‘The singularity and importance of [Pier Paolo Pasolini’s] artistry lies largely in the protean, multimedial quality of his vision,’ Stephen Sartarelli rightly reminds us in this bilingual edition of Pasolini’s poetry. Nonetheless, to an Anglophone world Pasolini (1922–75) is best known as the rebellious and audacious director of such films as The Gospel According to St. Matthew (1964), Teorema (1968), and Arabian Nights (1974), not to mention his posthumous and highly controversial Salò, or the 120 Days of Sodom (1976). Yet this is but one part of the output of a most important cultural figure of postwar Italy and indeed of a prescient public intellectual who denounced as ‘anthropological genocide’ the homogenisation and commodification of Western cultural tradition.
Annamaria Pagliaro reviews 'The Selected Poetry of Pier Paolo Pasolini' edited and translated by Stephen Sartarelli
The Selected Poetry of Pier Paolo Pasolini: A Bilingual Edition
by edited and translated by Stephen Sartarelli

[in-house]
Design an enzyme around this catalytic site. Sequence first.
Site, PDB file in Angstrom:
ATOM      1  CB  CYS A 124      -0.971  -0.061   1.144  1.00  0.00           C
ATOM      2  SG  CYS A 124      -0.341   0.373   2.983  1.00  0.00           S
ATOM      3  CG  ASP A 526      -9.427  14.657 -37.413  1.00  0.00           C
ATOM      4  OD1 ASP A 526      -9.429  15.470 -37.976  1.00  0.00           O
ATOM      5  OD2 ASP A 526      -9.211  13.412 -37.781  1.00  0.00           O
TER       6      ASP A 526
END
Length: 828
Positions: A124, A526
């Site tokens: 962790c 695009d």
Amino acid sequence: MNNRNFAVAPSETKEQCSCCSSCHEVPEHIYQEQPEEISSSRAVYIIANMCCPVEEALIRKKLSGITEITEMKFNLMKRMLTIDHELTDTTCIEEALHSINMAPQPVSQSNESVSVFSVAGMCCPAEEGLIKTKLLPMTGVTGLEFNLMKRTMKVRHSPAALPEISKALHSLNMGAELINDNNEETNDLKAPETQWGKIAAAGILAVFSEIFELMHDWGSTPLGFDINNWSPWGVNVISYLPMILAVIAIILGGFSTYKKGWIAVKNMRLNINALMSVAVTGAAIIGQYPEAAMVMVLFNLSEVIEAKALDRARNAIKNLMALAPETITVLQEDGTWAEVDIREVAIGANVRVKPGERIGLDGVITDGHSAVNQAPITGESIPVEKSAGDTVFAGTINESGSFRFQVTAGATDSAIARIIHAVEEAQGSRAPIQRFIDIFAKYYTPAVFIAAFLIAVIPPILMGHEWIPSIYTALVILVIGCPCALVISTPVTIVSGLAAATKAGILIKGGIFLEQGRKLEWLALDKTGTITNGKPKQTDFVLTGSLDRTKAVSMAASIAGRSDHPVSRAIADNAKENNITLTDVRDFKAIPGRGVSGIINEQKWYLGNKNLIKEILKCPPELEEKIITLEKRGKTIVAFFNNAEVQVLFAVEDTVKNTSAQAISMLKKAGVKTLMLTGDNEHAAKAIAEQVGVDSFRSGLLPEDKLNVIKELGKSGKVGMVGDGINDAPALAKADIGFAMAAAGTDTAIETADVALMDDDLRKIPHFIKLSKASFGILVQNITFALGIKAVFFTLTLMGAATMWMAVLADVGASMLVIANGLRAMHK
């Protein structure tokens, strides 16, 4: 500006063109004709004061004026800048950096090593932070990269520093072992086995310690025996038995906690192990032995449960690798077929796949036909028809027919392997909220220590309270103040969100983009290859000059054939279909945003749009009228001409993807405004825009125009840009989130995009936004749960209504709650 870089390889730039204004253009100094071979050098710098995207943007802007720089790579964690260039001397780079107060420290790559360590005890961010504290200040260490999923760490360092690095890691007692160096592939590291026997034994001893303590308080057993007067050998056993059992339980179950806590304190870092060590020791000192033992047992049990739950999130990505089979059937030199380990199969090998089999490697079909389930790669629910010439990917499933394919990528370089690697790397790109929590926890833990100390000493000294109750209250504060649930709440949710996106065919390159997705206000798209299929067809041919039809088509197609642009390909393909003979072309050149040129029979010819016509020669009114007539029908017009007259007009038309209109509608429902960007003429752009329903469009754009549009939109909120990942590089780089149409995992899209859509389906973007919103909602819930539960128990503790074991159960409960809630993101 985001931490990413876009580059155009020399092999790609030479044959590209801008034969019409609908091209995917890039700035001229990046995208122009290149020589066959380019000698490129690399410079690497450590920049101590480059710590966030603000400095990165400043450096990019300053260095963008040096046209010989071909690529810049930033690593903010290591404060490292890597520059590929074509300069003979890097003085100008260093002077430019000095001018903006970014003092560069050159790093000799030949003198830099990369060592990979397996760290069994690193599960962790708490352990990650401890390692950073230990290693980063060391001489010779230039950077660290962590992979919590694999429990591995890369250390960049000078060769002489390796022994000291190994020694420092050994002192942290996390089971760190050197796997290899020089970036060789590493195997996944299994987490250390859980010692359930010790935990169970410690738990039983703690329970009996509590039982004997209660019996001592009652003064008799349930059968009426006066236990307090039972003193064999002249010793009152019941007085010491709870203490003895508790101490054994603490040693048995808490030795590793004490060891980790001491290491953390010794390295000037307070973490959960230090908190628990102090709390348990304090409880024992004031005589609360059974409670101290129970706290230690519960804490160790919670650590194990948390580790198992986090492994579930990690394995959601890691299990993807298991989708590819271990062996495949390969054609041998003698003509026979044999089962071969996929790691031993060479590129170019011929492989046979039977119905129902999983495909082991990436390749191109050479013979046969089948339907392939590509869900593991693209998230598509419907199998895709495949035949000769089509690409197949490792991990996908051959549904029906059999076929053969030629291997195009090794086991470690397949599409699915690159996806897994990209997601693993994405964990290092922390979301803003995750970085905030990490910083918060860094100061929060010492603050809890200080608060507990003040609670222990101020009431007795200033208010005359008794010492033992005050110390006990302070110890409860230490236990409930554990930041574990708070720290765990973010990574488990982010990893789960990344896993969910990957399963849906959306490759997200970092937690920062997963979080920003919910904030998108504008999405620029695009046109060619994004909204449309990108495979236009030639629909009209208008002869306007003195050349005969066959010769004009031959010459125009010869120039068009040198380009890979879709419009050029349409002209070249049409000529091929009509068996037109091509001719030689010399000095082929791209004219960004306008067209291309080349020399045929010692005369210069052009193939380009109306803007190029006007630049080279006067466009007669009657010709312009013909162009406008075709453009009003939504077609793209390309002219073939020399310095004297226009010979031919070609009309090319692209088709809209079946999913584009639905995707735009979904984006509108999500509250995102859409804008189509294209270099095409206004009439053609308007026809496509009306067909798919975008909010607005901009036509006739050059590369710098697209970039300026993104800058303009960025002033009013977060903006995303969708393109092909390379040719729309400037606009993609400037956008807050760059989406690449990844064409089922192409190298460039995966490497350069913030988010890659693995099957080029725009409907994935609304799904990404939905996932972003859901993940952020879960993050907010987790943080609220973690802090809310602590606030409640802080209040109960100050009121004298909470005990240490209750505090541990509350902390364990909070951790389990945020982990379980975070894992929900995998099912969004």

University of Chicago Press (Footprint), $77 hb, 456 pp, 9780226648446
If you are a single issue subscriber you will need to upgrade your subscription to view back issues.If you are already subscribed, click here to log in.
Annamaria Pagliaro teaches at Monash University.
Leave a comment
Please note that all comments must be approved by ABR and comply with our Terms & Conditions.
NB: If you are an ABR Online subscriber or contributor, you will need to login to ABR Online in order to post a comment. If you have forgotten your login details, or if you receive an error message when trying to submit your comment, please email your comment (and the name of the article to which it relates) to email@example.com. We will review your comment and, subject to approval, we will post it under your name.